This “game” has been on my list of activities since J was 7 or 8 months old. It’s simple and I’m sure you’ve heard of it before. It requires no prep work and kids love it! The only thing you have to do is check your pride at the door. 🙂
So what is the “Visiting Zoo”? Just pretend to be any animal that pops into your head. Hop around like a rabbit and scrunch your nose (J always loves Mommy scrunching her nose!), slither like a snake, waddle like a duck,… you get it. And you get why pride has to be checked at the door. The more into it you are, the more your little one will like it (especially as a toddler!).
Babyhood: J started out just in awe of Mommy (or maybe it was shock). He would stare or smile or giggle or look at me like I was loony. He quickly learned to make the animal sounds but couldn’t manage the movements.
Pretoddler: J started trying to imitate the animals with me, both in sound and movement. This is great practice with gross motor skills (jumping, slithering, crawling on hands and feet). Instead of me chosing the animal, I started having him pick the animal. I was amazed at the animals he remembered. Caution: They will chose animals that we have no clue how to imitate (like a giraffe, what does a giraffe sound like?)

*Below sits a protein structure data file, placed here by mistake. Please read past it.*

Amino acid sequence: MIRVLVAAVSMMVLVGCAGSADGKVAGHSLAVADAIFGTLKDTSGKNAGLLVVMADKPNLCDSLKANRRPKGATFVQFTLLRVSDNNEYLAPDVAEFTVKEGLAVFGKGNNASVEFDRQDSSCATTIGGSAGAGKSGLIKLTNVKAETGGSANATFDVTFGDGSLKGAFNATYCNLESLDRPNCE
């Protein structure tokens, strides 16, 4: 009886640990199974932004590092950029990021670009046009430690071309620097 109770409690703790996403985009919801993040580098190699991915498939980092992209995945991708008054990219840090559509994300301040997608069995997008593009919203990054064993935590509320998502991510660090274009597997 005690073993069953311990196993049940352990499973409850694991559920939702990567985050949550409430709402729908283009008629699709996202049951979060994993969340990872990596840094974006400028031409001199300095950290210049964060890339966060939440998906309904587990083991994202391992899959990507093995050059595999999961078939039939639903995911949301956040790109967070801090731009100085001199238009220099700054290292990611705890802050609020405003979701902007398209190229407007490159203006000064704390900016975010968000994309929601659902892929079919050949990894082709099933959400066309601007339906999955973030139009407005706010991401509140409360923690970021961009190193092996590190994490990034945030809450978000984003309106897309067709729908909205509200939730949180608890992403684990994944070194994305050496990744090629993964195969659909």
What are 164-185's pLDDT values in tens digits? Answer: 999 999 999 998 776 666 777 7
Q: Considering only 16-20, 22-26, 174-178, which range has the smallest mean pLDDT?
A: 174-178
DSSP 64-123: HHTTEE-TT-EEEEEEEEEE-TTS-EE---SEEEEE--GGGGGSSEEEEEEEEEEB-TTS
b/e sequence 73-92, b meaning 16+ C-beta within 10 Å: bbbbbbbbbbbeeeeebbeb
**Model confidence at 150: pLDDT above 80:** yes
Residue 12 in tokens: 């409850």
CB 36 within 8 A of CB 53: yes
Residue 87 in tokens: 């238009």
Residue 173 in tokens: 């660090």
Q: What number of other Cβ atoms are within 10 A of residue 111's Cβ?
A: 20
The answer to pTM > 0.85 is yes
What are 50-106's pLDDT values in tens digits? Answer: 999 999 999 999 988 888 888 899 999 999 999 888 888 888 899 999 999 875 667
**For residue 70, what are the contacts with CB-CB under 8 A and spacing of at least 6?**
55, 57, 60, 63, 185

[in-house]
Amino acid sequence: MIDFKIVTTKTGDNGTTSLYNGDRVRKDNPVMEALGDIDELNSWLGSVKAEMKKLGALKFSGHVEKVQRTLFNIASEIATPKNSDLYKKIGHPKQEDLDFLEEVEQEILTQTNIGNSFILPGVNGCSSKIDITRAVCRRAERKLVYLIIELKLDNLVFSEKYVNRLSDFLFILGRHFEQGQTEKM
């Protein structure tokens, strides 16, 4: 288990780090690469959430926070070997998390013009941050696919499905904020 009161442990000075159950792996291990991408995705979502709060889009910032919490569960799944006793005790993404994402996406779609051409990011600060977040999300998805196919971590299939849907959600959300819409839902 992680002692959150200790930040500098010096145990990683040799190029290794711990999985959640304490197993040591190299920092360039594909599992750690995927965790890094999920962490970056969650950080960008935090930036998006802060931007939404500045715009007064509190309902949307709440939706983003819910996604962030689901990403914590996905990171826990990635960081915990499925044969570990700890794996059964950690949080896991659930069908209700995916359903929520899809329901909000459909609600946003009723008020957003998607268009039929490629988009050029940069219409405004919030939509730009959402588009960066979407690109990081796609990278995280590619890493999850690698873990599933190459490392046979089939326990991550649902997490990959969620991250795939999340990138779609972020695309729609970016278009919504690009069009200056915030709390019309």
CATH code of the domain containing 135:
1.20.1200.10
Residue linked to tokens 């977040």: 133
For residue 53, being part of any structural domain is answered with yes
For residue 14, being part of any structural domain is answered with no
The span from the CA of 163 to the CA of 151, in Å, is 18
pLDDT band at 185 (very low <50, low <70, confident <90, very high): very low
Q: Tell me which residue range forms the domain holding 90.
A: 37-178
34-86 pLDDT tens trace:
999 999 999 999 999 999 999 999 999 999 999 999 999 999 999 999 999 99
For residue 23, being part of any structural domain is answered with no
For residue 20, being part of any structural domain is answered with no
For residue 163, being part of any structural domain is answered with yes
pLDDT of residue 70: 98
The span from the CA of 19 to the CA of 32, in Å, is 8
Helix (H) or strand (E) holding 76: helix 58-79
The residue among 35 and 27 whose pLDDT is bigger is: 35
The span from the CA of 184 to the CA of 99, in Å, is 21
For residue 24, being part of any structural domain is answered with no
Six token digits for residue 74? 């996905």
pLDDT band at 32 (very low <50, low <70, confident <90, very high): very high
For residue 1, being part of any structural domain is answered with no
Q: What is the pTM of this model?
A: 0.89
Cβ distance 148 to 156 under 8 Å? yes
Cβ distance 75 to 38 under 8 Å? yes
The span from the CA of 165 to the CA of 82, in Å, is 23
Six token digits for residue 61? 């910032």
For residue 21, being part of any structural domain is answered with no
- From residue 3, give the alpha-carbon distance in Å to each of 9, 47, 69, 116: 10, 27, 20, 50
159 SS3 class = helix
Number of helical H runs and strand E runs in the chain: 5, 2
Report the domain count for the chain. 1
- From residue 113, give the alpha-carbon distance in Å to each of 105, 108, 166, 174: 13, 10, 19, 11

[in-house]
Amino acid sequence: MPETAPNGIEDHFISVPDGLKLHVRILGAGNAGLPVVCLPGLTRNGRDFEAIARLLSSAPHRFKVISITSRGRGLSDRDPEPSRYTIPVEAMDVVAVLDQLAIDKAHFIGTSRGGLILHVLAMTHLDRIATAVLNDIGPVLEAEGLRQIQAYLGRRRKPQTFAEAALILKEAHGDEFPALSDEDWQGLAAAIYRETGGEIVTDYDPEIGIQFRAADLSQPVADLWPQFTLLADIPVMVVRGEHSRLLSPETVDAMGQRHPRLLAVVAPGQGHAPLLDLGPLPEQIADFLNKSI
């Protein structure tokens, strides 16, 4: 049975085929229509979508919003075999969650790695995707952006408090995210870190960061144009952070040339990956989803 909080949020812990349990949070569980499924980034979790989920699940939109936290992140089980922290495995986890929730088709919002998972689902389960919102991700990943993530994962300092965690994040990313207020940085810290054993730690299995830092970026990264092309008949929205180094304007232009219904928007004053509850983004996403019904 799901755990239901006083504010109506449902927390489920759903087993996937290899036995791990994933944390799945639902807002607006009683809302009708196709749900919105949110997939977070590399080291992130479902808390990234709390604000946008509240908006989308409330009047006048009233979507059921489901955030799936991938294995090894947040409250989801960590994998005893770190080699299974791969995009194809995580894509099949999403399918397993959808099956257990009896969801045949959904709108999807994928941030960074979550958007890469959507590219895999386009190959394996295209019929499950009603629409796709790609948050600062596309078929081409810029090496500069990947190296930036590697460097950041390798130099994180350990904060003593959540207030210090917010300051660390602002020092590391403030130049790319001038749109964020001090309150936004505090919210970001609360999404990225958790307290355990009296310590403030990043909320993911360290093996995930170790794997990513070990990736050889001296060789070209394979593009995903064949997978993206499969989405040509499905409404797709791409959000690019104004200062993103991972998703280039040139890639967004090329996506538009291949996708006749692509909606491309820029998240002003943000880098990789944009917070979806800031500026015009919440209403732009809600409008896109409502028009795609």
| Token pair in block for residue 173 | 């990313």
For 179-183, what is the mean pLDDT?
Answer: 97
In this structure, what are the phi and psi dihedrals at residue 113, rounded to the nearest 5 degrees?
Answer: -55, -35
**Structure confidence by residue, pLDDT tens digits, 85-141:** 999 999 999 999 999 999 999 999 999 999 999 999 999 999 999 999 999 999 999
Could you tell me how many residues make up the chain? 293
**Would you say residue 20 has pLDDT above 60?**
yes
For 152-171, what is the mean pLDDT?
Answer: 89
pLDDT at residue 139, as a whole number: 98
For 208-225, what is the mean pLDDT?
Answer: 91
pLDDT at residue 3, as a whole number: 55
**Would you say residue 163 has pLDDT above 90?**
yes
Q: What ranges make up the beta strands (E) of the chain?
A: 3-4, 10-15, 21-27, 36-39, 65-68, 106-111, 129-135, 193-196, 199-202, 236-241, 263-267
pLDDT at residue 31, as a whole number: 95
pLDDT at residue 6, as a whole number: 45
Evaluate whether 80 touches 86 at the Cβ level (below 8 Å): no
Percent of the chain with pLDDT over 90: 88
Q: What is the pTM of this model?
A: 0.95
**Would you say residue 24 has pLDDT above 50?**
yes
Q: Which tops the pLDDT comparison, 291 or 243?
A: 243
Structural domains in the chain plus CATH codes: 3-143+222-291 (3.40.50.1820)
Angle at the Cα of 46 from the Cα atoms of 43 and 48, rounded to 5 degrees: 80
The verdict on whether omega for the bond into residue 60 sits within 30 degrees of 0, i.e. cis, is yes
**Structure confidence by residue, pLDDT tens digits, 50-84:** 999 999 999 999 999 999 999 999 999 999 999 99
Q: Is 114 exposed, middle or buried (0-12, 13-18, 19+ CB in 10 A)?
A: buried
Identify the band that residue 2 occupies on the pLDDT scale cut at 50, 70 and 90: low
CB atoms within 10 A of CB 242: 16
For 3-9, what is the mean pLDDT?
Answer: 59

Early Toddler: J is getting better with his imitations and can do more animals. I sometimes have him chose animals or pick flashcards from a bowl. He has gotten to where I can act out an animal and he can name it.
Toddler and Beyond: Eventually you can add homemade costumes to look like the animal (have them get creative with household items to use); have them draw the written word out of a hat to read instead of using a picture or use animal categories/classifications and they have to name an animal in that classification before you’ll act it out.
Age Attempted: maybe 7 months at first?
Teachable moments: obviously animal sounds, also physical traits of animals come up (like elephants have a trunk instead of nose, paws instead of feet, beaks, tails, …); gross motor skills, animal classification, animal recognition, lose some inhibitions (though toddlers have few, maybe that’s a teachable moment for mom/dad!)
Try Again? over and over